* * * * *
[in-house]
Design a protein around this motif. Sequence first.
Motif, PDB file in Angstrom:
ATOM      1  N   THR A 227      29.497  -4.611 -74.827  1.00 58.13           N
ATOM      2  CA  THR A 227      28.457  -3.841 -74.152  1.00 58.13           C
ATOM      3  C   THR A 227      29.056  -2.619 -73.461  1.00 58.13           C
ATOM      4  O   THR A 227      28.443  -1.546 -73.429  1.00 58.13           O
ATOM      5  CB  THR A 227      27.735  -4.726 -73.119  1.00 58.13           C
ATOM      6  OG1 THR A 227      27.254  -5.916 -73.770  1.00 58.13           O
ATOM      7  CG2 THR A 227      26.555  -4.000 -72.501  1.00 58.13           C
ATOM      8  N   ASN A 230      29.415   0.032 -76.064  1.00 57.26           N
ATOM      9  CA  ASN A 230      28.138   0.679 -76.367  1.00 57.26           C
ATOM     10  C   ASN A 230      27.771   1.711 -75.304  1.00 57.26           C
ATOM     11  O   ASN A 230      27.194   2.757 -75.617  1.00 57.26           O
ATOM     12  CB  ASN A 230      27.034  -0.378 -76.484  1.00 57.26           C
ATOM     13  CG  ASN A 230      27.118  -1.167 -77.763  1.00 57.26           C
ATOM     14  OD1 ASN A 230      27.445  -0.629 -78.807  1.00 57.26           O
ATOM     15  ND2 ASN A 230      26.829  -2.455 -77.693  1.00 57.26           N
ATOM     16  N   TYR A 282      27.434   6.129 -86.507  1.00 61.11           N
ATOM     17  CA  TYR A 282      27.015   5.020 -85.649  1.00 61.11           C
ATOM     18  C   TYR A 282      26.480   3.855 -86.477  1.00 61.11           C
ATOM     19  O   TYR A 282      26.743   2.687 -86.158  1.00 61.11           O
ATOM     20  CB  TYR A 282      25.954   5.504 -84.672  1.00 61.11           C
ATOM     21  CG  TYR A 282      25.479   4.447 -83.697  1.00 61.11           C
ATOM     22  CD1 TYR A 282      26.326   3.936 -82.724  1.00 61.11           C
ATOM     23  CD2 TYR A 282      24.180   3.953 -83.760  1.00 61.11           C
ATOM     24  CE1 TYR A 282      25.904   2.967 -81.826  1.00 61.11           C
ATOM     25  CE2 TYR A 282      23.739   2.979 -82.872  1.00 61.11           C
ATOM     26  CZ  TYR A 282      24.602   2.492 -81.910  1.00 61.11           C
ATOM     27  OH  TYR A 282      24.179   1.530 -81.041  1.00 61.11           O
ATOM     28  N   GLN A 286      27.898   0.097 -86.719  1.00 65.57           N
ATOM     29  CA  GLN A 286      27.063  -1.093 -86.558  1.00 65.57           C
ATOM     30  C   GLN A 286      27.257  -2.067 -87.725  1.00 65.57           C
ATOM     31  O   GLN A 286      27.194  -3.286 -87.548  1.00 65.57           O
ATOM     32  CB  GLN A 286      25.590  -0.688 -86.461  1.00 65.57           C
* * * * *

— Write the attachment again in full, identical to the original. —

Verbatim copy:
[in-house]
Design a protein around this motif. Sequence first.
Motif, PDB file in Angstrom:
ATOM      1  N   THR A 227      29.497  -4.611 -74.827  1.00 58.13           N
ATOM      2  CA  THR A 227      28.457  -3.841 -74.152  1.00 58.13           C
ATOM      3  C   THR A 227      29.056  -2.619 -73.461  1.00 58.13           C
ATOM      4  O   THR A 227      28.443  -1.546 -73.429  1.00 58.13           O
ATOM      5  CB  THR A 227      27.735  -4.726 -73.119  1.00 58.13           C
ATOM      6  OG1 THR A 227      27.254  -5.916 -73.770  1.00 58.13           O
ATOM      7  CG2 THR A 227      26.555  -4.000 -72.501  1.00 58.13           C
ATOM      8  N   ASN A 230      29.415   0.032 -76.064  1.00 57.26           N
ATOM      9  CA  ASN A 230      28.138   0.679 -76.367  1.00 57.26           C
ATOM     10  C   ASN A 230      27.771   1.711 -75.304  1.00 57.26           C
ATOM     11  O   ASN A 230      27.194   2.757 -75.617  1.00 57.26           O
ATOM     12  CB  ASN A 230      27.034  -0.378 -76.484  1.00 57.26           C
ATOM     13  CG  ASN A 230      27.118  -1.167 -77.763  1.00 57.26           C
ATOM     14  OD1 ASN A 230      27.445  -0.629 -78.807  1.00 57.26           O
ATOM     15  ND2 ASN A 230      26.829  -2.455 -77.693  1.00 57.26           N
ATOM     16  N   TYR A 282      27.434   6.129 -86.507  1.00 61.11           N
ATOM     17  CA  TYR A 282      27.015   5.020 -85.649  1.00 61.11           C
ATOM     18  C   TYR A 282      26.480   3.855 -86.477  1.00 61.11           C
ATOM     19  O   TYR A 282      26.743   2.687 -86.158  1.00 61.11           O
ATOM     20  CB  TYR A 282      25.954   5.504 -84.672  1.00 61.11           C
ATOM     21  CG  TYR A 282      25.479   4.447 -83.697  1.00 61.11           C
ATOM     22  CD1 TYR A 282      26.326   3.936 -82.724  1.00 61.11           C
ATOM     23  CD2 TYR A 282      24.180   3.953 -83.760  1.00 61.11           C
ATOM     24  CE1 TYR A 282      25.904   2.967 -81.826  1.00 61.11           C
ATOM     25  CE2 TYR A 282      23.739   2.979 -82.872  1.00 61.11           C
ATOM     26  CZ  TYR A 282      24.602   2.492 -81.910  1.00 61.11           C
ATOM     27  OH  TYR A 282      24.179   1.530 -81.041  1.00 61.11           O
ATOM     28  N   GLN A 286      27.898   0.097 -86.719  1.00 65.57           N
ATOM     29  CA  GLN A 286      27.063  -1.093 -86.558  1.00 65.57           C
ATOM     30  C   GLN A 286      27.257  -2.067 -87.725  1.00 65.57           C
ATOM     31  O   GLN A 286      27.194  -3.286 -87.548  1.00 65.57           O
ATOM     32  CB  GLN A 286      25.590  -0.688 -86.461  1.00 65.57           C